Much has been made of the Mets’ starting pitching depth, and with good reason, with some eight pitchers who have had at least some success starting in MLB. Catching depth is also a strength, with Travis d’Arnaud and Kevin Plawecki having good Springs. The depth of the outfield may not have gotten quite as much attention, but it is shaping up to be very good as well.
Jay Bruce figures to be the starting right fielder. He may not have as much range as most outfielders, but he is sure-handed and has that live arm that has racked up double digit outfield assist totals in the past. But it is the bat that sets him apart, he is usually good for around 30 homers and close to or more than 100 RBI. For what it is worth, he’s had a solid ST with a line of .323/.324/.516 as of this writing.
Once he returns from rehabbing his injured shoulder, Michael Conforto figures to be the every day center fielder. He showed last year he can handle the fielding part adequately, although he is more of a natural right fielder. And after a poor 2016, he really broke out with the bat in 2017, putting up a slash line of .279/,384/.555 accompanied by 27 homers in an abbreviated season due to that injury.
Left field will be manned by Yoenis Cespedes, one of the most dangerous hitters in the game, capable of producing tape-measure shots. He’s been pounding the ball this spring with a SLG of .652. He may not be quite as good a fielder as he was earlier in his career, but as recently as 2015 he did win a Gold Glove. Note that all three of these outfielders are power hitters, and it seems like a good part of the time they will form the heart of the lineup.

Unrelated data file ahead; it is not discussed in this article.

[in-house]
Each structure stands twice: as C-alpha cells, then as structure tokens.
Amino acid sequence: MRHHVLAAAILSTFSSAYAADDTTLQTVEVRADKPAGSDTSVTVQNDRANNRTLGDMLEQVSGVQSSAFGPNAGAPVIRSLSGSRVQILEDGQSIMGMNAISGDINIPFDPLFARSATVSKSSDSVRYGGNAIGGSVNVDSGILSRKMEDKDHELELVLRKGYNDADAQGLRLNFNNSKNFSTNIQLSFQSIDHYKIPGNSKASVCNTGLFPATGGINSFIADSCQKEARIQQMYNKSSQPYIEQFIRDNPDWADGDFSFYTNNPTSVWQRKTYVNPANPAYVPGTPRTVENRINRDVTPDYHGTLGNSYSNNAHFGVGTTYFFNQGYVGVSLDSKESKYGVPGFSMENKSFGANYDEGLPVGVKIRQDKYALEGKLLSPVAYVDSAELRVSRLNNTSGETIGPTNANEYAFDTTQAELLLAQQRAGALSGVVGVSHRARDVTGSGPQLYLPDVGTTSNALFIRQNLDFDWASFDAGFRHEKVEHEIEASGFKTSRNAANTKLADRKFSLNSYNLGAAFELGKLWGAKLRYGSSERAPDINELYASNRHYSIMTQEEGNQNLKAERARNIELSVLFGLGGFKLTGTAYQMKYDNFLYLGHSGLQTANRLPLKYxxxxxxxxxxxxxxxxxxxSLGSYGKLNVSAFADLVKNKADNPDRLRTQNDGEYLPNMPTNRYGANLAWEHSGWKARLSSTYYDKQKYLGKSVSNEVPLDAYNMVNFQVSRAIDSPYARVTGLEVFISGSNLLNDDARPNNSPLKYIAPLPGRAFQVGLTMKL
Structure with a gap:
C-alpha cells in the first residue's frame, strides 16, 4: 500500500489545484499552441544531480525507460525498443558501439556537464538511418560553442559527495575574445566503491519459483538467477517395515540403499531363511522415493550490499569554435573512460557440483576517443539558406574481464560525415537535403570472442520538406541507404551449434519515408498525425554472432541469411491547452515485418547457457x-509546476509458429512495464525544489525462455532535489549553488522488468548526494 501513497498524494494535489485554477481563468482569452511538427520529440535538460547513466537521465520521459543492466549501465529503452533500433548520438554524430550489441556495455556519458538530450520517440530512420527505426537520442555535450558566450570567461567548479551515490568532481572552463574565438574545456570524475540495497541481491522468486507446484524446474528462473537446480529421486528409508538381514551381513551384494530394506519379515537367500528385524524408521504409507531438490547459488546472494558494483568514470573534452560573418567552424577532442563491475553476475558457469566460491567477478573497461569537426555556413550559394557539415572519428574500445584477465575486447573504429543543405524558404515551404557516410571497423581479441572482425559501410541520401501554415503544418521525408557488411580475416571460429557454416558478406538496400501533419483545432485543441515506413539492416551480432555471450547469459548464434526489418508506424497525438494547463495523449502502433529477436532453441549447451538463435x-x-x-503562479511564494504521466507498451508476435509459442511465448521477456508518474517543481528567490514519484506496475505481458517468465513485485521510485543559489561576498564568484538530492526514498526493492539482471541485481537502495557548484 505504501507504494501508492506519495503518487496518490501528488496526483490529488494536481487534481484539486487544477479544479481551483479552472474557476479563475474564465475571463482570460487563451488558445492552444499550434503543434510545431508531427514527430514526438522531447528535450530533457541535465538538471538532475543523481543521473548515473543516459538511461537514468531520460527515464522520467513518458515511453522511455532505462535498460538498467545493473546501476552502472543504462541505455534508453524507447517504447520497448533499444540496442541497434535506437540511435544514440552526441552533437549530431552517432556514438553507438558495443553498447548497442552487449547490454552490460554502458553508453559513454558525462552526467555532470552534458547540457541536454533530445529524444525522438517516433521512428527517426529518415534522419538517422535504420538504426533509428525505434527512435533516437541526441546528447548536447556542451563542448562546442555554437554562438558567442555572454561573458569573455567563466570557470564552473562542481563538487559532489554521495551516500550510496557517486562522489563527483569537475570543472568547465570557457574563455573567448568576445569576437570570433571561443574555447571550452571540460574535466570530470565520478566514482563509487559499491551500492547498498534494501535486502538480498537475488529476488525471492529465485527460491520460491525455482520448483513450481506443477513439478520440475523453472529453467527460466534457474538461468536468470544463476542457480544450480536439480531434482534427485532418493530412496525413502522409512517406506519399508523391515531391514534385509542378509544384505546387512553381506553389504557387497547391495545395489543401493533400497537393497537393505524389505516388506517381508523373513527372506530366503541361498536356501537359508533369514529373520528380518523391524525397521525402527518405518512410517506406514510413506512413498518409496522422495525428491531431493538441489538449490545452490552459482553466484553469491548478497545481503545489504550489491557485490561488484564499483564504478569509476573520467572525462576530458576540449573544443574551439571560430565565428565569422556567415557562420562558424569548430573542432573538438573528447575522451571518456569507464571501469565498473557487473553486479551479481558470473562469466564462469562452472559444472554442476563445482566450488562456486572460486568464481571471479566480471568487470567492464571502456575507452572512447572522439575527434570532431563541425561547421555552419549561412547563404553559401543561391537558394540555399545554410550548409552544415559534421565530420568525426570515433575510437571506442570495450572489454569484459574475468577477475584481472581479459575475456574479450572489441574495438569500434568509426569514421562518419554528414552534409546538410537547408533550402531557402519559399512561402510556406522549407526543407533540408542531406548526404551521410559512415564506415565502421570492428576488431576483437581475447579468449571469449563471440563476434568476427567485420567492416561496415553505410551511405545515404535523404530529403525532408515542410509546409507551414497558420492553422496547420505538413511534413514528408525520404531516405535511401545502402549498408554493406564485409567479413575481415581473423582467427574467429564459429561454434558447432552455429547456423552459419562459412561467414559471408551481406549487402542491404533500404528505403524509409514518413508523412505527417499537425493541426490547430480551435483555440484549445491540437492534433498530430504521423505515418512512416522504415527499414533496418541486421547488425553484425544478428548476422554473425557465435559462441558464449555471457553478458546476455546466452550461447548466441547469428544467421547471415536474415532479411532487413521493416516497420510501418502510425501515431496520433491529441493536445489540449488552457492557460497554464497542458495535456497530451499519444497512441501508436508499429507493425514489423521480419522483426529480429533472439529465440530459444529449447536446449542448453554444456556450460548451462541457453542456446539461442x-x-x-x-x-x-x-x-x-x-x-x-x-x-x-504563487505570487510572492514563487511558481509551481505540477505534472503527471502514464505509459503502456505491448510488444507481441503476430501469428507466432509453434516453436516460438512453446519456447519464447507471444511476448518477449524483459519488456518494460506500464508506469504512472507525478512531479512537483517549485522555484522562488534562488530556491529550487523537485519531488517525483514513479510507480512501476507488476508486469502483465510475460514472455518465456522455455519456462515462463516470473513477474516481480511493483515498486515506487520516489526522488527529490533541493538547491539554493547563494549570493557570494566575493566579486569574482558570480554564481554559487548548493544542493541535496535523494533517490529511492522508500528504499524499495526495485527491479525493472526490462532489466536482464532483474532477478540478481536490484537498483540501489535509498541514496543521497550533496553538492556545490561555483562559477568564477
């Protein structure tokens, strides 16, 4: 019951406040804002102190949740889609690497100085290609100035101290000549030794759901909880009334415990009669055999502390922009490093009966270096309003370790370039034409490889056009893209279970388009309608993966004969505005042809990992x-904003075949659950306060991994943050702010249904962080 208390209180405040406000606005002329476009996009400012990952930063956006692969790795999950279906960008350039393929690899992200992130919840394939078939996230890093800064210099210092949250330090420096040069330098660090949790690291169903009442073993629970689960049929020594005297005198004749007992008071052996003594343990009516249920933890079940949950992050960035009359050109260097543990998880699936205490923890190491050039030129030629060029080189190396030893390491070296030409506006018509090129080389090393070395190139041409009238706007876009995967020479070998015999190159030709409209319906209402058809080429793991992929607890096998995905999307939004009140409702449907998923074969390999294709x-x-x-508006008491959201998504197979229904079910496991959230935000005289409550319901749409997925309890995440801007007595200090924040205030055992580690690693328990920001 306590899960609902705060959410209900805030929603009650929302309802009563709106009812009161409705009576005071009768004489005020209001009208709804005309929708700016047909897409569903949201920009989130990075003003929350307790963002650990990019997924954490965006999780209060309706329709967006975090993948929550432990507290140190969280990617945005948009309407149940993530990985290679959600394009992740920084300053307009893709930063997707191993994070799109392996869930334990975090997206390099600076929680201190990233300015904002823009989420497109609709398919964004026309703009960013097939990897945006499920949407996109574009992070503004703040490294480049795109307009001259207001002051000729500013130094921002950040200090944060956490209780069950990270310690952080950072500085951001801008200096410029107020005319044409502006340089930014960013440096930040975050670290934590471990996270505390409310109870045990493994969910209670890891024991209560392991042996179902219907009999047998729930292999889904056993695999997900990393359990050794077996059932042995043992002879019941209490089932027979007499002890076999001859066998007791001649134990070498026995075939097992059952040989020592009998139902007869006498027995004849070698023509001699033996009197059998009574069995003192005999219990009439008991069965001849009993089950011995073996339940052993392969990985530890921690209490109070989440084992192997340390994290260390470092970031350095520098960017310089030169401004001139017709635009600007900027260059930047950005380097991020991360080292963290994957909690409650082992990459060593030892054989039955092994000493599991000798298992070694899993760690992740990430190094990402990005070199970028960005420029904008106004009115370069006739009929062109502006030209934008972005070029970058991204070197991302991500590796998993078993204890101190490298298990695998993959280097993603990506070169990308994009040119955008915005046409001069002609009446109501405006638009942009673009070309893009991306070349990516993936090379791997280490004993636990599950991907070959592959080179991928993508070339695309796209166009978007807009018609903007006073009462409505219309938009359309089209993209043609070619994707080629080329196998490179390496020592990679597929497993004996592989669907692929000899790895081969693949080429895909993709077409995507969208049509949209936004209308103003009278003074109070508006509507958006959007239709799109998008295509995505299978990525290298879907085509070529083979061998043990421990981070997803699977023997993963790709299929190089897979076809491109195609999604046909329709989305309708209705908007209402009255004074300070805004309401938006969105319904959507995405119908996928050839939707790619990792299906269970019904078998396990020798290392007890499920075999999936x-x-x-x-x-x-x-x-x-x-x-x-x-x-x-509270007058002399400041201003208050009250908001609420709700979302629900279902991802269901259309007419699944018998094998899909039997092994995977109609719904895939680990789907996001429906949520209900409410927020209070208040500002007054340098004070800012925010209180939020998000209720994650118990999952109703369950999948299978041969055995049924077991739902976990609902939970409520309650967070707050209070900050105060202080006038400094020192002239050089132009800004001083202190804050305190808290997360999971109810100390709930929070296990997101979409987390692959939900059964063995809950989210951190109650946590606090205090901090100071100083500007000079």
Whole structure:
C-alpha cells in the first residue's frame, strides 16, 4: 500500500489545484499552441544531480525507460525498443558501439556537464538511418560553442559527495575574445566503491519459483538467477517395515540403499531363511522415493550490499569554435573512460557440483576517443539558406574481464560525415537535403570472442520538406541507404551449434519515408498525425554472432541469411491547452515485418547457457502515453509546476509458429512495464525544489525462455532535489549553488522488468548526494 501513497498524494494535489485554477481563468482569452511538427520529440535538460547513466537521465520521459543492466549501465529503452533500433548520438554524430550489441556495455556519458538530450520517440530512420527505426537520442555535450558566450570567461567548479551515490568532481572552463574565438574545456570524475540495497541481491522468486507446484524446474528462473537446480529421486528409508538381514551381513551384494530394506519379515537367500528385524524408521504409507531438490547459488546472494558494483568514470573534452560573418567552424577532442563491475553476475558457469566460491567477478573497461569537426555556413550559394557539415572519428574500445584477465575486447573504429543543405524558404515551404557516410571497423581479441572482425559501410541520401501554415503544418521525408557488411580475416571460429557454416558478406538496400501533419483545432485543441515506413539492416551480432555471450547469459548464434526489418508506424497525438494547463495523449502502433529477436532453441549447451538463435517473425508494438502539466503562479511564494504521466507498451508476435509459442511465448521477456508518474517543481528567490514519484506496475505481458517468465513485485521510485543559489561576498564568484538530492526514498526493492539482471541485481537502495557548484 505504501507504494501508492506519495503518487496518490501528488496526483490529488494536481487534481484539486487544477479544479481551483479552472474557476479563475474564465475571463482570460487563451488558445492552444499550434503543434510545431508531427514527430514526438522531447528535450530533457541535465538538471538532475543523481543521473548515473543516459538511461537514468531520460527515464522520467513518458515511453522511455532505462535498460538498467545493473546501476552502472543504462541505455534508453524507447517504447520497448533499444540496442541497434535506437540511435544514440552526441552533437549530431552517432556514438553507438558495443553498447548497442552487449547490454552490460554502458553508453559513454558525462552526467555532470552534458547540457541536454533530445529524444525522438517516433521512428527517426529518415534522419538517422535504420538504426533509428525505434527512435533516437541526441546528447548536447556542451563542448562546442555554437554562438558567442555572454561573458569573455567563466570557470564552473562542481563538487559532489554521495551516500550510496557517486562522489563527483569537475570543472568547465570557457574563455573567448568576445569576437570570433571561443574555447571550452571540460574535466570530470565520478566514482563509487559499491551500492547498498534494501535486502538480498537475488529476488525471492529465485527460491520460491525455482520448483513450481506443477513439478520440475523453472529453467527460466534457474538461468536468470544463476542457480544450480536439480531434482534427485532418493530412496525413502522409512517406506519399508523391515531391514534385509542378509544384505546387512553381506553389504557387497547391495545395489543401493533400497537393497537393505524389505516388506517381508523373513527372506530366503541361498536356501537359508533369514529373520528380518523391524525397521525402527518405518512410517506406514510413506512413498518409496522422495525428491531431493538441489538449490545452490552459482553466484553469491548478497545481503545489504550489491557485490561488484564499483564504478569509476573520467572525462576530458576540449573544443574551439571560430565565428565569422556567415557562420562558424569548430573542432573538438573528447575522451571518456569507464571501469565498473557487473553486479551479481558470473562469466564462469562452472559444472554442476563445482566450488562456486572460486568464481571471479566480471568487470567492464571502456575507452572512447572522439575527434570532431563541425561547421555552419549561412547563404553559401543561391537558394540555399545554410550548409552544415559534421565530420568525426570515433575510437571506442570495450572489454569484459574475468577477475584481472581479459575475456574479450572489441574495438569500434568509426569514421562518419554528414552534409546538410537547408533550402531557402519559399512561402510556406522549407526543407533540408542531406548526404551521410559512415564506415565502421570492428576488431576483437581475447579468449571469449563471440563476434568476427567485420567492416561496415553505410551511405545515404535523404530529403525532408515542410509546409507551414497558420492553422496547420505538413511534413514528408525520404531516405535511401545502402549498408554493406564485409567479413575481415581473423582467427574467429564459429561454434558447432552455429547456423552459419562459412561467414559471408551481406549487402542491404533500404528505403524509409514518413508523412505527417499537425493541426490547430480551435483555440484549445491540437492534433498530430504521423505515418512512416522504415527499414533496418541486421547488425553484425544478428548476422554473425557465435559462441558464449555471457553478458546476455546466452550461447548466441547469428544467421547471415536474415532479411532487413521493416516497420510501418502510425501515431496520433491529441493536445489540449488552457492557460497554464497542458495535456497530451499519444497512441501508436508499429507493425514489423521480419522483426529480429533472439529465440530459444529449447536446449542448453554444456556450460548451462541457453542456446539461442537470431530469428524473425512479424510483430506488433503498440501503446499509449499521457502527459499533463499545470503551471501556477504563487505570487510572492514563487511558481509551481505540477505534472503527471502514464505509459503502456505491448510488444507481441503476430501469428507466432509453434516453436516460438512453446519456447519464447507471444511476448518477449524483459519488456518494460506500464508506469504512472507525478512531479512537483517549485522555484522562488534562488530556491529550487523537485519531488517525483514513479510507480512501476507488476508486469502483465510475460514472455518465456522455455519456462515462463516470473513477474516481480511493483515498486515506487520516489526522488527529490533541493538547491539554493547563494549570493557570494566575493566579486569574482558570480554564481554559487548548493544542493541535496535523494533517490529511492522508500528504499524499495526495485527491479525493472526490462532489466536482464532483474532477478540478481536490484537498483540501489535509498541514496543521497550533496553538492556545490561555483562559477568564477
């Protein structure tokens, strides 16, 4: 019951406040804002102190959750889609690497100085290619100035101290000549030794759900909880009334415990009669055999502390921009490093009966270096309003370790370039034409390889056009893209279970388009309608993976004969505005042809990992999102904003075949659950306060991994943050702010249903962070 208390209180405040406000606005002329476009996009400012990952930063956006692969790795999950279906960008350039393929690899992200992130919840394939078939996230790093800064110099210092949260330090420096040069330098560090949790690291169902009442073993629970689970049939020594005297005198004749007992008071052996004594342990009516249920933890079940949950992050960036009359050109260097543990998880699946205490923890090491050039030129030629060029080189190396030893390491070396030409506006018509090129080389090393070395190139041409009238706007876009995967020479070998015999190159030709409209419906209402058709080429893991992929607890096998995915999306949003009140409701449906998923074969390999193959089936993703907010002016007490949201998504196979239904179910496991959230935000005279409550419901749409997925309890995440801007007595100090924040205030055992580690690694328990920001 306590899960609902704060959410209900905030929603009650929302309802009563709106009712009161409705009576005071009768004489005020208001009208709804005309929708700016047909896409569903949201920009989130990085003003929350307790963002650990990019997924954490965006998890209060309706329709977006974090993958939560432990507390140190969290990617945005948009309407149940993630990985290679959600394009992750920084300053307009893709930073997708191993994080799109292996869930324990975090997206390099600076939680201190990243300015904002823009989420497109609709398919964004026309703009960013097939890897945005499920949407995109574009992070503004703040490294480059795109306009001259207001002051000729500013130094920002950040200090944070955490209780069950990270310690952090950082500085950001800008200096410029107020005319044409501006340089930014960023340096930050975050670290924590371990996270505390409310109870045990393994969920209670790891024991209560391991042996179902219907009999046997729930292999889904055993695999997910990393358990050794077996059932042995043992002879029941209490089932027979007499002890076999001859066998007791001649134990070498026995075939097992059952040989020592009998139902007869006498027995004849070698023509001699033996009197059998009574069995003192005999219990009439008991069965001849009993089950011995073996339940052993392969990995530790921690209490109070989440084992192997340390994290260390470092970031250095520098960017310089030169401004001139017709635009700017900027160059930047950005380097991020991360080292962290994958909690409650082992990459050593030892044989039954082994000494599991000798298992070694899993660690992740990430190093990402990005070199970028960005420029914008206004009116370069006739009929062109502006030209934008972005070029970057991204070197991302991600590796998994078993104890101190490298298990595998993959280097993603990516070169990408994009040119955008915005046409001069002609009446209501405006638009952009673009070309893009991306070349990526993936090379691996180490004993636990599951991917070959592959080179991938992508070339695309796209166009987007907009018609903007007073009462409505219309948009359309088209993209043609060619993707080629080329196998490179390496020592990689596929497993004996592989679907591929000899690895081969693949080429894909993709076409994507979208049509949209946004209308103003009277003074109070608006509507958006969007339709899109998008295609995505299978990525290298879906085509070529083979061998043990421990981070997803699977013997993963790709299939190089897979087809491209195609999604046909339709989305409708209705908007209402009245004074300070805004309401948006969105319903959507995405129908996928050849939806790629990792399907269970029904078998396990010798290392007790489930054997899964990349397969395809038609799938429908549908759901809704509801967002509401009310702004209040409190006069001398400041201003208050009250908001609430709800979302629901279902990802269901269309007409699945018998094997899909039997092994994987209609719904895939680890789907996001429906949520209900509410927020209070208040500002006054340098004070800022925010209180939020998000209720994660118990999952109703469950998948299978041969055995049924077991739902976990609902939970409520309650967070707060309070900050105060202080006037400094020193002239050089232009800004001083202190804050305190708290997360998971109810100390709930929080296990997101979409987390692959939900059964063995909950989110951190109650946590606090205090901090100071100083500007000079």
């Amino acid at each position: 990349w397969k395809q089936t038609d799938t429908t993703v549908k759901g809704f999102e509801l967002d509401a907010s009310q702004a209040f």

The fourth outfielder generally gets a fair amount of playing time, and the person filling that role for the Mets will be Brandon Nimmo. He can field all three outfield positions, including center. He showed promise as a high OBP hitter in 2017, but this spring he has added a power dimension, with an ST line of .283/.358/.630 with three homers. Sure it’s only March, but those numbers are encouraging, especially the SLG.
The Mets have a pretty good fifth outfielder in Juan Lagares. His defense is spectacular, he earned a Gold Glove in 2014. His bat, and some injuries, have held him back since that season. In the off season, he retooled his swing and added some muscle. The results in ST are underwhelming, but sometimes it takes awhile to break in a new swing. Think Daniel Murphy in 2015, he had redone his swing but the results did not really kick in until the latter part of the season, and especially the postseason. Perhaps Lagares’ bat will follow a similar trajectory.
The Mets probably won’t have the best outfield in MLB this season, but they might just have the deepest outfield.